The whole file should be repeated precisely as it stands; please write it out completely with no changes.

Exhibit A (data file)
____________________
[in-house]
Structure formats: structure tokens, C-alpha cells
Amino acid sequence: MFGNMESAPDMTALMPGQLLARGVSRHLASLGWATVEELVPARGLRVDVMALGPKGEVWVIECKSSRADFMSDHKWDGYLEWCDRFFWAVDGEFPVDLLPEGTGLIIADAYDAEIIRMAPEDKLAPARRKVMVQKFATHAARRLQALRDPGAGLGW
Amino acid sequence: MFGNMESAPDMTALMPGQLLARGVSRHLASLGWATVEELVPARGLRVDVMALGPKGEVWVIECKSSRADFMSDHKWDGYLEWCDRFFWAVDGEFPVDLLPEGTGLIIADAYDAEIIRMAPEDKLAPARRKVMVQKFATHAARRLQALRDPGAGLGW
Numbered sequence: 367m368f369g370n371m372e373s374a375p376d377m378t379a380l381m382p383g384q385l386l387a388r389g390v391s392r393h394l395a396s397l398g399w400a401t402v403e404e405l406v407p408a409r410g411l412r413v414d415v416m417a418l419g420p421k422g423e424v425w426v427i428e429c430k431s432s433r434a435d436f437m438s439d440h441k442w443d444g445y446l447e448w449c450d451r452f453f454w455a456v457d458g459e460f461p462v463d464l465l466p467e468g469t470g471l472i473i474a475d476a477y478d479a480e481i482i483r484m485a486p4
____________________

[in-house]
Structure formats: structure tokens, C-alpha cells
Amino acid sequence: MFGNMESAPDMTALMPGQLLARGVSRHLASLGWATVEELVPARGLRVDVMALGPKGEVWVIECKSSRADFMSDHKWDGYLEWCDRFFWAVDGEFPVDLLPEGTGLIIADAYDAEIIRMAPEDKLAPARRKVMVQKFATHAARRLQALRDPGAGLGW
Amino acid sequence: MFGNMESAPDMTALMPGQLLARGVSRHLASLGWATVEELVPARGLRVDVMALGPKGEVWVIECKSSRADFMSDHKWDGYLEWCDRFFWAVDGEFPVDLLPEGTGLIIADAYDAEIIRMAPEDKLAPARRKVMVQKFATHAARRLQALRDPGAGLGW
Numbered sequence: 367m368f369g370n371m372e373s374a375p376d377m378t379a380l381m382p383g384q385l386l387a388r389g390v391s392r393h394l395a396s397l398g399w400a401t402v403e404e405l406v407p408a409r410g411l412r413v414d415v416m417a418l419g420p421k422g423e424v425w426v427i428e429c430k431s432s433r434a435d436f437m438s439d440h441k442w443d444g445y446l447e448w449c450d451r452f453f454w455a456v457d458g459e460f461p462v463d464l465l466p467e468g469t470g471l472i473i474a475d476a477y478d479a480e481i482i483r484m485a486p4